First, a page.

The descent of the Compton Wynyates Col is a lot of fun in the dry, but less so on a damp autumnal day where you do have to be cautious.  The climb up Winderton that resulted from my missed turn is one of my favourites, in part because it’s a climb of many parts rather than one long drag.  It’s much easier to break down into manageable chunks given that it does it for you.  At no point do you really have to grind like you do on Sunrising or Edge Hill, and with some fantastic views on the way up, this climb really isn’t a chore at all.

The discovery that this means that I haven’t completed the 7 Cols ride at all … well, that just means that one less ride I need to plan in the future.

Freewheeling down Lady Elizabeth hill marked a return to the “official” route before a right turn and heading up to Tysoe hill – the first of the 7 Cols I was introduced to when I started cycling back in 2013.

Greg LeMond said “It never gets easier; you just go faster”.  I’m not sure the Tour de France winner was talking about Tysoe Hill … but as I’ve gotten fitter, I can confirm that it is certainly the case with this climb.  Heading out of the village the road rises gradually, before really ramping up past the nursery.  Again, it’s a climb where being able to get out of the saddle helps alleviate some of the discomfort as the cadence slows and the watts build, but again the conditions meant that if my rear wheel was to remain planted then so too should my rear end!

After continuing to retrace my tracks, I headed out of Radway to the Edge Hill climb, there’s no lead-in, no build up, no introductions or other formalities, you’re just straight into it.  I soon ran out of gears, and my cadence continued to drop. Fortunately, the road surface is much improved from a few years back, and there wasn’t too much in the way of muck and mulch on the road, so I was able to get out of the saddle – which was very welcome as my cadence dipped into the 50s.  It’s a pretty unrelentingly tough climb all the way up.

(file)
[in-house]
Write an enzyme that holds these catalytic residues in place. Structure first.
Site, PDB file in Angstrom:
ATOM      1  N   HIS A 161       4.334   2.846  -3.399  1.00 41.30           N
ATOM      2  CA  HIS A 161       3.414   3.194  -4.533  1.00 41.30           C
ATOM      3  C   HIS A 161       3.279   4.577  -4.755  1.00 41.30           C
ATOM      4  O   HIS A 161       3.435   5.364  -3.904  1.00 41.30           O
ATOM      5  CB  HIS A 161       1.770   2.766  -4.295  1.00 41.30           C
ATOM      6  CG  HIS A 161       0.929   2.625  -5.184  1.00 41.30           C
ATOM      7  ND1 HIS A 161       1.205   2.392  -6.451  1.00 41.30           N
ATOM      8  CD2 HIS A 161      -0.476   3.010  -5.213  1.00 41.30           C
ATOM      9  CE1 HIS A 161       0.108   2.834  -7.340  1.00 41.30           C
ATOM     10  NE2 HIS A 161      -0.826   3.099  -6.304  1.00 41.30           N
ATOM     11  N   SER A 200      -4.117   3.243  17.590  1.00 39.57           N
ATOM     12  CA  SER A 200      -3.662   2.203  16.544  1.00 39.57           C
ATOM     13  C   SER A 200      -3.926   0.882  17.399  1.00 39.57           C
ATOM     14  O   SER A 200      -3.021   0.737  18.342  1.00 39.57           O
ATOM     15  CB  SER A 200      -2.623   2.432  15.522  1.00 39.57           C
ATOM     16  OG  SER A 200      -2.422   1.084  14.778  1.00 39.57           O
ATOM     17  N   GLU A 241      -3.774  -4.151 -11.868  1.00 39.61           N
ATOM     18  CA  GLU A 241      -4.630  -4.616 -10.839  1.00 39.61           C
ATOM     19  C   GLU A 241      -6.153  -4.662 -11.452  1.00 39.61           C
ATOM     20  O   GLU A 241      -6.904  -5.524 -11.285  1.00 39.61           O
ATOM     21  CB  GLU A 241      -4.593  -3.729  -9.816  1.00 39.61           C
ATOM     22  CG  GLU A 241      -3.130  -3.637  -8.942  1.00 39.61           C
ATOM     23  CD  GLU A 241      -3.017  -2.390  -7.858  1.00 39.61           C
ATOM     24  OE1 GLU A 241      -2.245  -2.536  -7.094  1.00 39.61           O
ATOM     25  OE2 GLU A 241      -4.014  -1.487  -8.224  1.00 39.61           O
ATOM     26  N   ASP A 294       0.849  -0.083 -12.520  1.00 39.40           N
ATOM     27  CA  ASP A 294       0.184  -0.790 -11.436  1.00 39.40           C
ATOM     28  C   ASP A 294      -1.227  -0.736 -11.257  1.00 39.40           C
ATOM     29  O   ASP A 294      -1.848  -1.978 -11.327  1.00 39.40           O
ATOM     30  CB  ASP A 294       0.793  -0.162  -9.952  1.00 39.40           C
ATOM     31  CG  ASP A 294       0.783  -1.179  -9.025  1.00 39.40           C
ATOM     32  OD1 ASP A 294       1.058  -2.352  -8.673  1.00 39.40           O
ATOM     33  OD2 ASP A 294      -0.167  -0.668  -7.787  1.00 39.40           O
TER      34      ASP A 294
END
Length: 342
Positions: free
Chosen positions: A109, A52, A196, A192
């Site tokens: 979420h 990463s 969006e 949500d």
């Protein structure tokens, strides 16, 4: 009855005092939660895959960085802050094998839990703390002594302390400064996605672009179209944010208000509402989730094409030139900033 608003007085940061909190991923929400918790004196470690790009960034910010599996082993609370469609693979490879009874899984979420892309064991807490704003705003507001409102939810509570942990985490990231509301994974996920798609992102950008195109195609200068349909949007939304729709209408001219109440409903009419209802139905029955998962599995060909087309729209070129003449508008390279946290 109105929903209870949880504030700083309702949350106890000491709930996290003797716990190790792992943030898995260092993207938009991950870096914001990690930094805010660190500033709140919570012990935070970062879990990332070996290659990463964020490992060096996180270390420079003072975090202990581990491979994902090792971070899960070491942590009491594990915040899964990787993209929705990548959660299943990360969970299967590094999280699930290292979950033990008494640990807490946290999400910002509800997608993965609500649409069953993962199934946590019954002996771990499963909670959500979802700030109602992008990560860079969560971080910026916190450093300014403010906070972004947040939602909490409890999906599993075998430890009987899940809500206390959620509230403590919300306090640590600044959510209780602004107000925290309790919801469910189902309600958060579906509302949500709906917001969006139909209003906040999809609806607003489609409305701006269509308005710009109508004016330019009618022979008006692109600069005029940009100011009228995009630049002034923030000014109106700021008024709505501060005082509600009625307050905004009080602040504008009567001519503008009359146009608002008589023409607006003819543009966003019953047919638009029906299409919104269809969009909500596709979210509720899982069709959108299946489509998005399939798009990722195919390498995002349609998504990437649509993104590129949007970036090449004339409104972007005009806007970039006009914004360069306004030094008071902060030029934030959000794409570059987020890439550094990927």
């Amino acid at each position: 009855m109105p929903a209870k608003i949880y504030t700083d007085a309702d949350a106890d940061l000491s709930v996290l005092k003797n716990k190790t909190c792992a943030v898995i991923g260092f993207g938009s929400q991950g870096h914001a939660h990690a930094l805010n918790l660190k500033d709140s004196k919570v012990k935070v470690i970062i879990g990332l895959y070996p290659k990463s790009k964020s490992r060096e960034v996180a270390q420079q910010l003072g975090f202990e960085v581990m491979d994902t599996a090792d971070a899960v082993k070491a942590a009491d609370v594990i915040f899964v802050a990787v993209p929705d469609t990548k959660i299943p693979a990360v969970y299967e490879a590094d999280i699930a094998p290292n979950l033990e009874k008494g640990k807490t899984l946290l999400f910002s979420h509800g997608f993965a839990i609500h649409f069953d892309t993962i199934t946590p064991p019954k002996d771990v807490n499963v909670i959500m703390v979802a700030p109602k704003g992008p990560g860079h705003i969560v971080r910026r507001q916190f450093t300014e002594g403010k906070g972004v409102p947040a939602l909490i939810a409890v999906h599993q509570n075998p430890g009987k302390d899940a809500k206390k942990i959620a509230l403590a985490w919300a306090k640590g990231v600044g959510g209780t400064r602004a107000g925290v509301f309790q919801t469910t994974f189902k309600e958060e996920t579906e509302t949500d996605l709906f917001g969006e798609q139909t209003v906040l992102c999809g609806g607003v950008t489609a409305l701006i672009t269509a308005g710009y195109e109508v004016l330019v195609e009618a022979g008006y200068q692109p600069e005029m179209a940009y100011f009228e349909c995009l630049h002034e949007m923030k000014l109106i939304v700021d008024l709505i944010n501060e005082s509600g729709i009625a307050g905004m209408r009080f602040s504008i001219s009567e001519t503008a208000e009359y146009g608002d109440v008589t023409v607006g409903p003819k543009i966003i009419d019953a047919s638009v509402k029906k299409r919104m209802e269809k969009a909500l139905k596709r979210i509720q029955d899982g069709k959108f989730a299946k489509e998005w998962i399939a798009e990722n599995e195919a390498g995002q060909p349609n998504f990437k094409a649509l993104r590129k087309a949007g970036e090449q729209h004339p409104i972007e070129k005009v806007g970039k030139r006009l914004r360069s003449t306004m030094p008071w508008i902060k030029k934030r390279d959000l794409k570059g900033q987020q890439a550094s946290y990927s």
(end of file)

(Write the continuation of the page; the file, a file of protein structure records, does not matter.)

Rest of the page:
The Shotteswell climb rounded out the ride.  It’s steep but short, and the prospect of a welcome cup of coffee and an afternoon watching rugby was all I needed to keep my legs turning, and ticking off number seven.

Training with power has been something of a revelation for me in 2020 – and certainly made the pacing of a ride such as this that bit easier.  Knowing that I was going to have to dig deeper on the hills, the riding on the flat – what little there was – was done at a more relaxed pace.  As an (almost) introduction to the route, I was pleased with how it went.  However, having failed to tick the “official” route off my list, I’m now looking at the weather forecast and facing the prospect doing it all again …

As Jens Voigt would say … “SHUT UP LEGS”


If you’d like to support Adam’s fundraising for Parkinson’s UK, then this is his fundraising page  

For a bit more of an insight into his Ride Across Britain, and his preparation for it, you can read his blog at